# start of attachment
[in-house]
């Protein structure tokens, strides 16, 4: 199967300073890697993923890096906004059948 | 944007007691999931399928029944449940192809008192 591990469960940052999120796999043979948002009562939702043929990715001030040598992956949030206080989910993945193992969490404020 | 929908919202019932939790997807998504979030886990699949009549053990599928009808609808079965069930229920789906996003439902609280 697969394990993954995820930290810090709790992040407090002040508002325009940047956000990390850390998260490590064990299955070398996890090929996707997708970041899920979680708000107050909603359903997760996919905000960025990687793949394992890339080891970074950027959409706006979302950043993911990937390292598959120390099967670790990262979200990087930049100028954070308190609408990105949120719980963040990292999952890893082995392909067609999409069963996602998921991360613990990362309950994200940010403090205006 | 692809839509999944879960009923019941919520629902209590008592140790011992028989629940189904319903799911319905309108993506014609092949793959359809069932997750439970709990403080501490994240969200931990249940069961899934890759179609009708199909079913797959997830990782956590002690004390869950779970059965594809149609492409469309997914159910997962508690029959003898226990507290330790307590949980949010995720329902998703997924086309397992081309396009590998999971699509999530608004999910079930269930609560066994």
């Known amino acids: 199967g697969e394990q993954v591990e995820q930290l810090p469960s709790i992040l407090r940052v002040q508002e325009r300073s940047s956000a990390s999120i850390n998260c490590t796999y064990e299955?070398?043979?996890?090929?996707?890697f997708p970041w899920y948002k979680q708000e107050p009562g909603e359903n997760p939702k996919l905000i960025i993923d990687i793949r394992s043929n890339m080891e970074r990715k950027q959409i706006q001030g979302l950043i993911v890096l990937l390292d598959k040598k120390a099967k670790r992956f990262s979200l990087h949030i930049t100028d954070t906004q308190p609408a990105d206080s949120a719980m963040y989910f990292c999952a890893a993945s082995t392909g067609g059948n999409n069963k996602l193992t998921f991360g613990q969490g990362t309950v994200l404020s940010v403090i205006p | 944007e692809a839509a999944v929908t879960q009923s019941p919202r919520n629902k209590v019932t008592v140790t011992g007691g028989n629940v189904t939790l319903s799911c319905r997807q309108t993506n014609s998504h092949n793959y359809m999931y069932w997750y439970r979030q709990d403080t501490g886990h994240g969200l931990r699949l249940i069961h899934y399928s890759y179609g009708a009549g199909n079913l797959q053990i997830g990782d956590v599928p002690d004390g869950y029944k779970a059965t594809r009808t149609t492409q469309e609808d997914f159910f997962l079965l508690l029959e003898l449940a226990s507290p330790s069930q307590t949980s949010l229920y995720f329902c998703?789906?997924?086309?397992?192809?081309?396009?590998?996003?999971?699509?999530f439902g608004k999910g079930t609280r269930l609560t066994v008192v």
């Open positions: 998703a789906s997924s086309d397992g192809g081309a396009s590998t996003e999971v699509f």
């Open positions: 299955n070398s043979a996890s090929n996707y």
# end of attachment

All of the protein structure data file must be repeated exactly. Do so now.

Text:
[in-house]
């Protein structure tokens, strides 16, 4: 199967300073890697993923890096906004059948 | 944007007691999931399928029944449940192809008192 591990469960940052999120796999043979948002009562939702043929990715001030040598992956949030206080989910993945193992969490404020 | 929908919202019932939790997807998504979030886990699949009549053990599928009808609808079965069930229920789906996003439902609280 697969394990993954995820930290810090709790992040407090002040508002325009940047956000990390850390998260490590064990299955070398996890090929996707997708970041899920979680708000107050909603359903997760996919905000960025990687793949394992890339080891970074950027959409706006979302950043993911990937390292598959120390099967670790990262979200990087930049100028954070308190609408990105949120719980963040990292999952890893082995392909067609999409069963996602998921991360613990990362309950994200940010403090205006 | 692809839509999944879960009923019941919520629902209590008592140790011992028989629940189904319903799911319905309108993506014609092949793959359809069932997750439970709990403080501490994240969200931990249940069961899934890759179609009708199909079913797959997830990782956590002690004390869950779970059965594809149609492409469309997914159910997962508690029959003898226990507290330790307590949980949010995720329902998703997924086309397992081309396009590998999971699509999530608004999910079930269930609560066994």
């Known amino acids: 199967g697969e394990q993954v591990e995820q930290l810090p469960s709790i992040l407090r940052v002040q508002e325009r300073s940047s956000a990390s999120i850390n998260c490590t796999y064990e299955?070398?043979?996890?090929?996707?890697f997708p970041w899920y948002k979680q708000e107050p009562g909603e359903n997760p939702k996919l905000i960025i993923d990687i793949r394992s043929n890339m080891e970074r990715k950027q959409i706006q001030g979302l950043i993911v890096l990937l390292d598959k040598k120390a099967k670790r992956f990262s979200l990087h949030i930049t100028d954070t906004q308190p609408a990105d206080s949120a719980m963040y989910f990292c999952a890893a993945s082995t392909g067609g059948n999409n069963k996602l193992t998921f991360g613990q969490g990362t309950v994200l404020s940010v403090i205006p | 944007e692809a839509a999944v929908t879960q009923s019941p919202r919520n629902k209590v019932t008592v140790t011992g007691g028989n629940v189904t939790l319903s799911c319905r997807q309108t993506n014609s998504h092949n793959y359809m999931y069932w997750y439970r979030q709990d403080t501490g886990h994240g969200l931990r699949l249940i069961h899934y399928s890759y179609g009708a009549g199909n079913l797959q053990i997830g990782d956590v599928p002690d004390g869950y029944k779970a059965t594809r009808t149609t492409q469309e609808d997914f159910f997962l079965l508690l029959e003898l449940a226990s507290p330790s069930q307590t949980s949010l229920y995720f329902c998703?789906?997924?086309?397992?192809?081309?396009?590998?996003?999971?699509?999530f439902g608004k999910g079930t609280r269930l609560t066994v008192v």
């Open positions: 998703a789906s997924s086309d397992g192809g081309a396009s590998t996003e999971v699509f």
């Open positions: 299955n070398s043979a996890s090929n996707y």